How to not get screwed by 'sustainability' providers

A Small Handmade Model Of Planet Earth With Googly Eyes Holds A Sign That Says There Is No Planet T20 0xypgb

There are a lot of companies out there promising to help you achieve your sustainability goals. So, how do you make sure your approach is actually going to benefit the planet and not end up being hung out to dry with the rest of the greenwashing? 

You’re not expected to create a regenerative strategy all by yourself, but sometimes the promises from providers seem too good to be true. From ‘huge environmental impacts’ created through tiny donations to the ‘eco friendly technology’ that will apparently flip your carbon emissions on their head, should you believe everything you’re being sold? And even if you believe the hype, will your critical customers? 

But that’s no reason to back off doing your bit to save the planet. There are hundreds of ways that you can integrate a regenerative approach into your business operations. 

So how do you do regeneration the right way?


It’s not just about nature

We often think of regeneration as something we do to ecosystems – protecting plants, animals and landscapes – however its impact goes so much further. Ask about the social impact of the projects you are looking to fund and don’t be convinced by fancy certificates alone. You have enormous power to create change, so be intelligent about where you choose to put your investment. Regenerating ecosystems where local communities can benefit most will have a double-whammy effect on your handprint. It’s also a great way to help connect your employees and customers with the people on the ground whose lives you are improving. Creating that emotional connection will help maintain engagement with the projects as your involvement develops.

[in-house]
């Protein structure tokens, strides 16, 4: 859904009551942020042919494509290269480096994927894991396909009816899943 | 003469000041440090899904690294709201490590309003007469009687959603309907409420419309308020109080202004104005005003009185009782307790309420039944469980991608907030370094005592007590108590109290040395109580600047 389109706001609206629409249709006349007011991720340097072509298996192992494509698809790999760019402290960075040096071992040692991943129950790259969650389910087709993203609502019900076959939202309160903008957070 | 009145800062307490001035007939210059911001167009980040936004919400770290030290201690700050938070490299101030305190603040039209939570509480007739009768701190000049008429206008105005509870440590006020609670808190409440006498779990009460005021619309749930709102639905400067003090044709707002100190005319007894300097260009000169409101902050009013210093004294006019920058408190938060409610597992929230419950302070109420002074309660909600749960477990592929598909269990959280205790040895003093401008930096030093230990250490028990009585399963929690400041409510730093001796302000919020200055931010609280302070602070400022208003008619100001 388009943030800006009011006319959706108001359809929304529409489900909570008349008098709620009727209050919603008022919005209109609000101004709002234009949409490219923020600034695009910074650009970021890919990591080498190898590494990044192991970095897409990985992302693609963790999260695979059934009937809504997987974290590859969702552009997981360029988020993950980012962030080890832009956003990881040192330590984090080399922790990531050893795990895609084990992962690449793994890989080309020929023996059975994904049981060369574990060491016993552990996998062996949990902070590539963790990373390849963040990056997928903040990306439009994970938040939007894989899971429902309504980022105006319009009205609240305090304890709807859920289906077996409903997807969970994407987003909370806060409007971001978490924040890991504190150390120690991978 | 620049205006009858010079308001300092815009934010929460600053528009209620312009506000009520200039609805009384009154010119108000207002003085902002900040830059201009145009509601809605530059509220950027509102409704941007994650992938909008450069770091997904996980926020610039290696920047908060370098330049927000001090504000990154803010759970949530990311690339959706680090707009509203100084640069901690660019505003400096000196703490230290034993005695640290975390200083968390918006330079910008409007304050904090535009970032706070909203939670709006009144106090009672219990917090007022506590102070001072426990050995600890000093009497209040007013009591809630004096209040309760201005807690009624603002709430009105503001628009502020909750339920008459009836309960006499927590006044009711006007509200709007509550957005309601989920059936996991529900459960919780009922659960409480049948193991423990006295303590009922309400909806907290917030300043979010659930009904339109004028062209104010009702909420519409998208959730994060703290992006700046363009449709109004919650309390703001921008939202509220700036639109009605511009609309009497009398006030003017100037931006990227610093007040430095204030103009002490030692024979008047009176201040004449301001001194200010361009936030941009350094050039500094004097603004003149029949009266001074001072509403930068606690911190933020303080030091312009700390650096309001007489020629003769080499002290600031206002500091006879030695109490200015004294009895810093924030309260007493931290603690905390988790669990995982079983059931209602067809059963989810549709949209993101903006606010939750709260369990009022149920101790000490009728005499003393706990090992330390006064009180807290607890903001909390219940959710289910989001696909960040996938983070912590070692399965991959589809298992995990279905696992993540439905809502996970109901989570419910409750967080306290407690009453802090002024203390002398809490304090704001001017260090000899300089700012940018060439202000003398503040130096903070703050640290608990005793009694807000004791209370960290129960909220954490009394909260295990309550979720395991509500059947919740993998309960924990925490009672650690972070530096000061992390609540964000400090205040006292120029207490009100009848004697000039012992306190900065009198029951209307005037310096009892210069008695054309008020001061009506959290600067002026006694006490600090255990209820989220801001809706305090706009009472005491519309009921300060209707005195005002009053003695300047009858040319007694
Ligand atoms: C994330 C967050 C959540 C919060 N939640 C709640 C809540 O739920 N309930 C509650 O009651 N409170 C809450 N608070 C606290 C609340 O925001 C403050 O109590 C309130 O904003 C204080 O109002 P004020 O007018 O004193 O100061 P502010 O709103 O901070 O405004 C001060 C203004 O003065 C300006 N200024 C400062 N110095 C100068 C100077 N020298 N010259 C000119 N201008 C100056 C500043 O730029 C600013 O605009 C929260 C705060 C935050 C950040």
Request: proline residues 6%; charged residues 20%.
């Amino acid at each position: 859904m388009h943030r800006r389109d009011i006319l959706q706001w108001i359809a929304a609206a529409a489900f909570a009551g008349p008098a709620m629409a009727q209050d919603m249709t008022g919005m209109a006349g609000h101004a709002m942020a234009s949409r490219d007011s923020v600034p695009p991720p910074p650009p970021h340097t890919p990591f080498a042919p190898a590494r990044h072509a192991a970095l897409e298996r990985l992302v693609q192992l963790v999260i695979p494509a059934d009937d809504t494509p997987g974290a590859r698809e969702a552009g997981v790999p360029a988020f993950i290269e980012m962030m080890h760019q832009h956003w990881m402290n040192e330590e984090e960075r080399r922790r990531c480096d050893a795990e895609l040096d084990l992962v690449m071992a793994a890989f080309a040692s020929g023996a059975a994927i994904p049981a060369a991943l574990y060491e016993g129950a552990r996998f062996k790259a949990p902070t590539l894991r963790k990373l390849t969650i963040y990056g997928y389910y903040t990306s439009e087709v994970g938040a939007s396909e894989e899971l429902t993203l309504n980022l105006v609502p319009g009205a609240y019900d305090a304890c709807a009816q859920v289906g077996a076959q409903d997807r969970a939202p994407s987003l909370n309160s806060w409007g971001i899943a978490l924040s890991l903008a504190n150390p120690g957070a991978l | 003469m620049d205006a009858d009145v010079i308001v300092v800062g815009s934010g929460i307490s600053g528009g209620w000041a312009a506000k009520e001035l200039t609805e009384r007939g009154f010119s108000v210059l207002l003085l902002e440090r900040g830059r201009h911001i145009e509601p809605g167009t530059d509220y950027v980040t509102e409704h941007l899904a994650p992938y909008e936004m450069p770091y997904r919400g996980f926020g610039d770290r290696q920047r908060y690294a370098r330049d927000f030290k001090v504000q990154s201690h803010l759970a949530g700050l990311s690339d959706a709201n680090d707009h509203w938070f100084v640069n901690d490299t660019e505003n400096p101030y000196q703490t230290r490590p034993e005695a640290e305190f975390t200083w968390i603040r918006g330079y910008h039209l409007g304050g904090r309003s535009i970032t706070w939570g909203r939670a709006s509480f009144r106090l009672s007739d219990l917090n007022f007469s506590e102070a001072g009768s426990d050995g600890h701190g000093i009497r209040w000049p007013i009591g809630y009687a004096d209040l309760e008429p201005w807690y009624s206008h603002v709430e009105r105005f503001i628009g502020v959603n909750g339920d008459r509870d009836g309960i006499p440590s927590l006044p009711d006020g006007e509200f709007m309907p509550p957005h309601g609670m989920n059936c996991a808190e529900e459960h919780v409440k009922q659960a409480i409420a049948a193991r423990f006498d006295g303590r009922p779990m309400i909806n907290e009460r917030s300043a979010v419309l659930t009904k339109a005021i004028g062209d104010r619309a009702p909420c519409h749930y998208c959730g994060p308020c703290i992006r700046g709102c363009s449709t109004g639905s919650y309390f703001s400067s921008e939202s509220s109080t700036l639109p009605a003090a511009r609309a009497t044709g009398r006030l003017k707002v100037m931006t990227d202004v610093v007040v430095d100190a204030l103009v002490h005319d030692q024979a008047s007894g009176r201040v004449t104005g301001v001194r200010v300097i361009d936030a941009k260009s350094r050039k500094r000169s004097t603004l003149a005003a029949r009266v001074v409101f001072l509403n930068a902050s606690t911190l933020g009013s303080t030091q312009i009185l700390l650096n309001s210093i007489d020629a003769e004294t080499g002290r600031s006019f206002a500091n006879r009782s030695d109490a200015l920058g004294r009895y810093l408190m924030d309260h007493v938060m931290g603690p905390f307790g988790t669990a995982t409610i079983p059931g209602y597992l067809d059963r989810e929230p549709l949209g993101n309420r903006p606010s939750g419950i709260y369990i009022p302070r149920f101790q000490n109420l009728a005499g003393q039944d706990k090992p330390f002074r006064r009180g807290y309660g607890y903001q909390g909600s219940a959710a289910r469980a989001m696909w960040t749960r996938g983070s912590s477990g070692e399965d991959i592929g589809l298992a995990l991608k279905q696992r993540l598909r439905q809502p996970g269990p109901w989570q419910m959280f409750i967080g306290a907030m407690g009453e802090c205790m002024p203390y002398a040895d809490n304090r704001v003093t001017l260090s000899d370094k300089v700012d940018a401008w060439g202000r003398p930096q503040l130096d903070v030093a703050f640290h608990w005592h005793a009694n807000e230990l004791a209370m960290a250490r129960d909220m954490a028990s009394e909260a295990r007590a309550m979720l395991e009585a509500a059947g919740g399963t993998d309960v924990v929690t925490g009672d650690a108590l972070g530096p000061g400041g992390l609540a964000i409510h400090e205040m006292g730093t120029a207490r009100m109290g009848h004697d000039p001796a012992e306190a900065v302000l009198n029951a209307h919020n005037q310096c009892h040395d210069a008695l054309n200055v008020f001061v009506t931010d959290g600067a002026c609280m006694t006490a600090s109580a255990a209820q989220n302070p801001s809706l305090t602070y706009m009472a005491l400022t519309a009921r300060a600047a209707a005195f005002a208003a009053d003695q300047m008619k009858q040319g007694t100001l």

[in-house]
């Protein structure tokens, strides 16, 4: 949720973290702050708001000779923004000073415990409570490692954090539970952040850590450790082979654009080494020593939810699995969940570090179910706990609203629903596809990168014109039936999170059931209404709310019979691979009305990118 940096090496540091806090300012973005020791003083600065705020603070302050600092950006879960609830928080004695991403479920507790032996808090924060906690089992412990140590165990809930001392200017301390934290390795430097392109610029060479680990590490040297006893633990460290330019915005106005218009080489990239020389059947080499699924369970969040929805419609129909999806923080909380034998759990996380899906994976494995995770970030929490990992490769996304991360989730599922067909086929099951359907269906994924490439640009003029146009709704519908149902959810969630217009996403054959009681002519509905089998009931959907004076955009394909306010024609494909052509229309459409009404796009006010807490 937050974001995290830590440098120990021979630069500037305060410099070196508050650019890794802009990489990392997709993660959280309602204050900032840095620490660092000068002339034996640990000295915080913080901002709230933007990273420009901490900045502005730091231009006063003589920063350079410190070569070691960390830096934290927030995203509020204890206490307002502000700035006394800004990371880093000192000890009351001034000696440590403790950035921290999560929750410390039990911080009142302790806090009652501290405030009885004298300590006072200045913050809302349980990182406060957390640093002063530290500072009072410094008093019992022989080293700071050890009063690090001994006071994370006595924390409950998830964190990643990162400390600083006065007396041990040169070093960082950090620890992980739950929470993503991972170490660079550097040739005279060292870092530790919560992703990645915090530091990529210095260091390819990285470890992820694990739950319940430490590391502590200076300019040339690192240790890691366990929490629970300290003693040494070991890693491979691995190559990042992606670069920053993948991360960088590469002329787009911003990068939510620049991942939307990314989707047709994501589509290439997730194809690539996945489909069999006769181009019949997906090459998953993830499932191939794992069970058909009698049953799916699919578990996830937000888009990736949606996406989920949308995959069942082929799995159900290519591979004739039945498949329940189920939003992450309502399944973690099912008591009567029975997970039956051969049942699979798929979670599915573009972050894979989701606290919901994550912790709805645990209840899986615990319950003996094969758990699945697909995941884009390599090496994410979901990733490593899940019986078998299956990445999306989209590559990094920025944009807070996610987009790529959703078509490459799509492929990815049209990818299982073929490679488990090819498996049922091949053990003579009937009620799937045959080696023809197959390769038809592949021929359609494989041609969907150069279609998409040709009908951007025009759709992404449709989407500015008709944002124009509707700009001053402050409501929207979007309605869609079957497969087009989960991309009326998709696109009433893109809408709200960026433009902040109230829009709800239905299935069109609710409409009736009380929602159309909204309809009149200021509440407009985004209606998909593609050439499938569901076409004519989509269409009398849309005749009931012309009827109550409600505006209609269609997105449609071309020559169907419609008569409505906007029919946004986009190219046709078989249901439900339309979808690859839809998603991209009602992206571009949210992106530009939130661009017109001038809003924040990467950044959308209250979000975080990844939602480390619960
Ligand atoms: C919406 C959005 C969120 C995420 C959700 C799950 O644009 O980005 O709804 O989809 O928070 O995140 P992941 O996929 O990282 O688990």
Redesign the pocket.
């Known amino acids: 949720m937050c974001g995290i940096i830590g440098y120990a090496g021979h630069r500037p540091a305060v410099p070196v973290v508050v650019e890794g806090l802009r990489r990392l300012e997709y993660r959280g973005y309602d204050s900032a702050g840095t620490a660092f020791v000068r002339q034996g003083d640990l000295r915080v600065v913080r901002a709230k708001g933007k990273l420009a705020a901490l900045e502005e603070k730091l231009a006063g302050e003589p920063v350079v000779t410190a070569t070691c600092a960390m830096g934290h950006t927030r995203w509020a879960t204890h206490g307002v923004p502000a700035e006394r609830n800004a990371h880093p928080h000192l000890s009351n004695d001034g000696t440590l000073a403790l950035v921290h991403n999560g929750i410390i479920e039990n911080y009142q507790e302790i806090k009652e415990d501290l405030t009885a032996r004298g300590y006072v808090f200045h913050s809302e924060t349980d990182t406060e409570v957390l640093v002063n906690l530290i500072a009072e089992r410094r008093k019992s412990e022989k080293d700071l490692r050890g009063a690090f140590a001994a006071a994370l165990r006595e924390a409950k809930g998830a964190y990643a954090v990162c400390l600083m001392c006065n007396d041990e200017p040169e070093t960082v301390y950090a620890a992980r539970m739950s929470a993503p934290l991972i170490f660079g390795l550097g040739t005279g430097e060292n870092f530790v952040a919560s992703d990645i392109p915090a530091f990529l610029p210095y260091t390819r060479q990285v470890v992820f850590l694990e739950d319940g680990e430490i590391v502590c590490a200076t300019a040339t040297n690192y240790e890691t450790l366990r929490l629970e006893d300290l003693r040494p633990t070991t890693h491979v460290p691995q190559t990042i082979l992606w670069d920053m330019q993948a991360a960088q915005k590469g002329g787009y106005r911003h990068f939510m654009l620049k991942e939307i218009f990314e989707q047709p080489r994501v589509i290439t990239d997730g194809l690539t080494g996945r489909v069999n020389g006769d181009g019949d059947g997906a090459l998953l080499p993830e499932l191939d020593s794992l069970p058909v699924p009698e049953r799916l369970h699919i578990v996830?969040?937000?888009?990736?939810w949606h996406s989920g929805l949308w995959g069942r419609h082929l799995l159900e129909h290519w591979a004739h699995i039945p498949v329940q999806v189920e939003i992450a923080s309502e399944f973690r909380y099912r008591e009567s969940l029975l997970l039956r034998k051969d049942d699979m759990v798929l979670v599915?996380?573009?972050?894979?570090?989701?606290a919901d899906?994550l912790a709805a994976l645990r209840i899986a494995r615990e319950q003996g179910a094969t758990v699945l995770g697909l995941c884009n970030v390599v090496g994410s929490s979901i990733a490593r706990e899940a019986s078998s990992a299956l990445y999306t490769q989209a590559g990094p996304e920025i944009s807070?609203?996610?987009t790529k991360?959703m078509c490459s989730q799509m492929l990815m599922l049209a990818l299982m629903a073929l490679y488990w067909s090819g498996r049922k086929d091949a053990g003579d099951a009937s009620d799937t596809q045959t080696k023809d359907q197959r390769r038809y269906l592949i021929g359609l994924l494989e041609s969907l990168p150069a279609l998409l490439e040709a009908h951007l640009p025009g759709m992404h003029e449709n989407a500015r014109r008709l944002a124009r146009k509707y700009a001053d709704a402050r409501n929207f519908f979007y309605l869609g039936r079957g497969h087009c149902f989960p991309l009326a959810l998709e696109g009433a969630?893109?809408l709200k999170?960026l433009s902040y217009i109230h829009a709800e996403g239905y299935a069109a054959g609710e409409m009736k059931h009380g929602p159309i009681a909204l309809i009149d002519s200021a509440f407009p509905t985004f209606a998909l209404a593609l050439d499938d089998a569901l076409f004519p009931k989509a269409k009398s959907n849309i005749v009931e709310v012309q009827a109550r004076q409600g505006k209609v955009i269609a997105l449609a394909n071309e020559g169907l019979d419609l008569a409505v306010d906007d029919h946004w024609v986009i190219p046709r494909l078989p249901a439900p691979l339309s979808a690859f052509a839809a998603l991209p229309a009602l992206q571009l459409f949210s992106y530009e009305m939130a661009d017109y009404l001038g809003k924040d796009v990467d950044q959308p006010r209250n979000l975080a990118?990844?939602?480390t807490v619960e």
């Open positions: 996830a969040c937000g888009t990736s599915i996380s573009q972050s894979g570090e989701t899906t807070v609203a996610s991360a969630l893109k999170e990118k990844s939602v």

Run from those who promise carbon neutrality 

Sure, your company can be a contributor towards a global 1.5 degrees future, but framing it as ‘carbon neutrality’ in the context of a corporate contribution is scientifically erroneous. Why? Because carbon offsetting and CO2 compensation schemes don’t work like that. Yes, it’s possible to ‘cancel out’ out the carbon that you emit by buying credits but that’s normally only shifting the problem elsewhere. But unless you are neutralising the emissions of every single piece of equipment used for your work (including your car, laptop, food…) can you really negate your impact? The ambition of individual corporate carbon neutrality doesn’t focus on the big picture. A holistic approach is one that appreciates that in an interconnected world, everyone needs to contribute to a global carbon neutral target.


Check that your buck actually bucks the trend

Some platforms will sell you agroforestry – for example some fruit trees – as a solution to climate change, but look closely and you will discover that these trees have been planted without your specific contribution. What you are actually buying is a pretty photo of a tree and a pin on Google Maps. Focus on additionality – how is your dollar going to provide carbon sequestration beyond that which would have arisen anyway? Comparing your intervention to a baseline is a good way of ensuring you are having an impact. Thanks to new technology, we can now receive granular information about how money is spent – from the tree you’ve planted to the plastic you’ve pulled from the ocean. Your impact service provider should be able to give you this detail as part of the package so that you can keep your customers and employees updated in real-time. 


Think global, act global

The old way of doing things was to ‘think global’ (i.e. address climate change) and ‘act local’ (do something that has an impact in your local community). However, given the urgency of the current climate situation, this perspective is somewhat outdated g. We need to act where action is most effective. Planting a tree in Singapore may cost you $200, whereas a mangrove in Indonesia will set you back $1.15. That mangrove will absorb up to 10 times more CO2 than the tree in Singapore and as an added bonus, will help provide biodiversity and additional social benefits. Which do you choose? 


Simple right? Finding a way for your business to help save the planet isn’t difficult. You just need a realistic outlook, a healthy dose of scepticism, and a keen focus on what you want your handprint to look like. So where can you have the biggest and most effective impact?



To find out more about how Handprint is helping small and medium enterprises incorporate regenerative programmes, visit










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